Craig Wright Ties Himself Up in Knots Over Tulip Trust

Reading Time: 2 minutes

Craig Wright has begun 2020 in ignominious fashion after the ‘bonded courier’ who was supposed to magically arrive at his doorstep with the keys to the Tulip Trust, unlocking 1.1 million ($7.87 billion), failed to do so. Knowing that he was about to get lampooned once more for his claims, Wright began rowing back on his predictions in the lead up to the non-event, contradicting earlier statements about his levels of access.

Spring Fails to Come Early for Wright

The existence of the Tulip Trust, which Wright claims was set up by himself and former partner Dave Kleiman in 2011 to look after the 1.1 million BTC they mined in Bitcoin’s early days, has been a source of hot debate. Judge Bruce Reinhart, who last year ruled that Wright hand over half the bounty to Kleiman’s estate, made no bones about the existence or not of the trust, after trying his best to get Wright to prove its existence:

I completely reject Dr. Wright’s testimony about the alleged Tulip Trust, the alleged encrypted file, and his alleged inability to identify his bitcoin holdings. Dr. Wright’s story not only was not supported by other evidence in the record, it defies common sense and real-life experience. Dr. Wright’s false testimony about the Tulip Trust was part of a sustained and concerted effort to impede discovery into his Bitcoin holdings.

The Scientist Who Doesn’t Write Things Down

Wright claims that the whole business of accessing the trust is fiendishly complicated, with the main problem being that the man who likes to be known as nChain’s Chief Scientist says that he didn’t bother writing down the addresses that held the 1.1 million because, according to a recent Coingeek article, things were different back then:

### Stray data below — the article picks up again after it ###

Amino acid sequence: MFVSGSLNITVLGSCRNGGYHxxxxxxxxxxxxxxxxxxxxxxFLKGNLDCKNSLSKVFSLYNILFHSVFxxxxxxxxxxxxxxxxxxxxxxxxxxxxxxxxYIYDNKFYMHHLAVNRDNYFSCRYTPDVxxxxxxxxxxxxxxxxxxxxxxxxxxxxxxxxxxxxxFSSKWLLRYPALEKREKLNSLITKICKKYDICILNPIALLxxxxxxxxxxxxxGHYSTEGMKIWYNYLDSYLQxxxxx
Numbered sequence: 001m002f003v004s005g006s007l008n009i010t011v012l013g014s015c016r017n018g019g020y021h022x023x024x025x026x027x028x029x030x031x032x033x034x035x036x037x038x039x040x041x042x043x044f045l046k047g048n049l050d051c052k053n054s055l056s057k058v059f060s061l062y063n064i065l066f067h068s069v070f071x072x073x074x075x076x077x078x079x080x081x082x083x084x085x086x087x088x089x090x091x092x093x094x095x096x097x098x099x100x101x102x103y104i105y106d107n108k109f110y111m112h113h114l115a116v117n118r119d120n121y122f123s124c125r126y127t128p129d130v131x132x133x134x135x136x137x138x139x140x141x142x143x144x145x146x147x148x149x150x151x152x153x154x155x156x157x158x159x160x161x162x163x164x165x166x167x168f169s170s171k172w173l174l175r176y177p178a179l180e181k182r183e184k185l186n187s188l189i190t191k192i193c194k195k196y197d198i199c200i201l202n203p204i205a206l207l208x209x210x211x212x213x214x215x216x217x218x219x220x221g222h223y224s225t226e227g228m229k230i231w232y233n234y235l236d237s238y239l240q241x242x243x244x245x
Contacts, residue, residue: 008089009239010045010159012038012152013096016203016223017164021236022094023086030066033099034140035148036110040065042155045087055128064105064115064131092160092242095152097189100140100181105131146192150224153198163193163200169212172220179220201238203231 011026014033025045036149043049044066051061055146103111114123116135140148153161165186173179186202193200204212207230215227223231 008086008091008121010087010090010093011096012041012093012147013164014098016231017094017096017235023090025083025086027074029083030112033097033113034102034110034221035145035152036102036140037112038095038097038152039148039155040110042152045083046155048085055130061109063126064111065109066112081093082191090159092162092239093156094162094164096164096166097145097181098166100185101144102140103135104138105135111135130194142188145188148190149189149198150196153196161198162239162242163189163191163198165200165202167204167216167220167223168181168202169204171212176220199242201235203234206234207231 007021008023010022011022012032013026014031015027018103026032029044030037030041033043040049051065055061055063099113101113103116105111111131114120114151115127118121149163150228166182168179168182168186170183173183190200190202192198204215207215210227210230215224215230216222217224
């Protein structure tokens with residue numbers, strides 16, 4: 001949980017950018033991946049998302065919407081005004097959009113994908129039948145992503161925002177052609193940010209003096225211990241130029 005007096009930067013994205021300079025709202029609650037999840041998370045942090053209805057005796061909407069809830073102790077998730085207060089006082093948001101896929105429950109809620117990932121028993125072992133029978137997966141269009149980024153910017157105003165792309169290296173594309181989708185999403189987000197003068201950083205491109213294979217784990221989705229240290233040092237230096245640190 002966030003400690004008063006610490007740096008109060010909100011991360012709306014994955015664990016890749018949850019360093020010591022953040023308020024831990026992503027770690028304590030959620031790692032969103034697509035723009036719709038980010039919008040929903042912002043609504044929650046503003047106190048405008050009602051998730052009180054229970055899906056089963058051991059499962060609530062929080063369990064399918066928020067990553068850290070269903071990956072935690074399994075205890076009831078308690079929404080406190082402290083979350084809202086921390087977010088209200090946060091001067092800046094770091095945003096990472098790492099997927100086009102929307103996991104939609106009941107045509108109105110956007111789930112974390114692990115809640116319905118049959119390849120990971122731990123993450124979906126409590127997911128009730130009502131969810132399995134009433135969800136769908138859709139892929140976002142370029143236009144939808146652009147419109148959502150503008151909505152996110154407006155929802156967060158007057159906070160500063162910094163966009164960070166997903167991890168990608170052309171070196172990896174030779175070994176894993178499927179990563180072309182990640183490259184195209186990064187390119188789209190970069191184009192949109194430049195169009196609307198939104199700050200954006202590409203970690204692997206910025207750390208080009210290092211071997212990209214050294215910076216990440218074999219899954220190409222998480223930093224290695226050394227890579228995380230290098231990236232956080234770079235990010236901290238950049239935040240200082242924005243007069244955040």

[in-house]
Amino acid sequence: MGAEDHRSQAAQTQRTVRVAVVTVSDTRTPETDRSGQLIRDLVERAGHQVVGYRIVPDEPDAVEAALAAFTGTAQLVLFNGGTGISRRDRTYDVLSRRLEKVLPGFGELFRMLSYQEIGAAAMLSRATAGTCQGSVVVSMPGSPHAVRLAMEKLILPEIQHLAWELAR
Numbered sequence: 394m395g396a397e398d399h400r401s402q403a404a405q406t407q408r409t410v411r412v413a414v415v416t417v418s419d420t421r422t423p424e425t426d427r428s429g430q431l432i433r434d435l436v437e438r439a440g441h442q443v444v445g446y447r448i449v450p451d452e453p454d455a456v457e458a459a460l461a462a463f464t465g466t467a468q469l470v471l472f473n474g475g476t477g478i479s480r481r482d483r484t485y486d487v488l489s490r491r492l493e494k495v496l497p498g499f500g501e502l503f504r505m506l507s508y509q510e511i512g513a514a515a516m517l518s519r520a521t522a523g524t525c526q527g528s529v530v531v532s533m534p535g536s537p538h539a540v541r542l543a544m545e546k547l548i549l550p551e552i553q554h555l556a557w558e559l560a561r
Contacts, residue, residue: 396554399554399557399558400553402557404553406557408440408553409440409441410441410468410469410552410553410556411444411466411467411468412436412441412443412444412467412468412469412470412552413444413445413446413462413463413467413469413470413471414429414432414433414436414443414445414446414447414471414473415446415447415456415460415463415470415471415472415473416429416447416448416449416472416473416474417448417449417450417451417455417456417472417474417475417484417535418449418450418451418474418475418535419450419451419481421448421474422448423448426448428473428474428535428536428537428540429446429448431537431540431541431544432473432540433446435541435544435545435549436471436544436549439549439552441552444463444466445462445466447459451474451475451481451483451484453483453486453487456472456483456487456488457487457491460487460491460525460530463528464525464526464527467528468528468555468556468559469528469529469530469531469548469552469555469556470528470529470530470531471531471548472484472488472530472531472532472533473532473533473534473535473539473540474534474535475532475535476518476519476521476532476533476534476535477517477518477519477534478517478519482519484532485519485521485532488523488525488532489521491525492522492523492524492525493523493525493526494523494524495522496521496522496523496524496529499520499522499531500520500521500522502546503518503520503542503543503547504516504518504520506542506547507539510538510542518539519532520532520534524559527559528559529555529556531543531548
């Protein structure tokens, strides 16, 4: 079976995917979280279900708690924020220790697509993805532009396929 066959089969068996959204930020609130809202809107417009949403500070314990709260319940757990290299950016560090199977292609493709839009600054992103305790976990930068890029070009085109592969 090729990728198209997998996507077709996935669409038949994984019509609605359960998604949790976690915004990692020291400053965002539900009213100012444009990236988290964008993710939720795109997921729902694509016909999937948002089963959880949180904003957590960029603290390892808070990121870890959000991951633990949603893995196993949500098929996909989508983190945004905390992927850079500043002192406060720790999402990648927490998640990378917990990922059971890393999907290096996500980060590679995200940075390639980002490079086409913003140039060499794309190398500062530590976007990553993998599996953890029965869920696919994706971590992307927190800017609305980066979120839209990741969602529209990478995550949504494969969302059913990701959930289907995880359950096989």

…the public address system widely used in Bitcoin today was not how he designed Bitcoin to work in the beginning, and that is partly why he did not keep in 2009 and 2010 any list of public addresses for the Bitcoin he mined into his companies in those years.

Sure, of course. 1.1 million, which you allegedly created, and you didn’t write down where you kept it? Some scientist. According to Wright, the coins were locked up tight until January 1, 2020, when he would receive, like Moses receiving the ten commandments, the keys to unlock the monster wallet. However, rather like a cult leader whose doomsday predictions don’t pan out, he had a line ready:

As I’ve explained in court proceedings, I believe I will receive information in January 2020 that will enable us to identify coins I mined into my companies in 2009 and 2010, but cannot be certain that all of that information will in fact arrive. I have not said the private keys to those coins would become available, or if so, actually used, in January 2020.

Ah, so he never actually promised access to the fund? Of course, of course, our mistake. Except…

I could have tanked the market anytime in the last 10 years and ran away laughing. I didn’t.

Hmmm, rather odd to boast about tanking a market while simultaneously denying you have the means to do it. It’s a shame there’s no precedent for this. Except…

As Judge Bloom recently noted in denying Dr. Wright’s Motion for Judgment on the Pleadings, Dr. Wright has taken directly conflicting factual positions at different times during this litigation.

Ah, that makes sense. Phew. For a minute there we were worried we trusted him.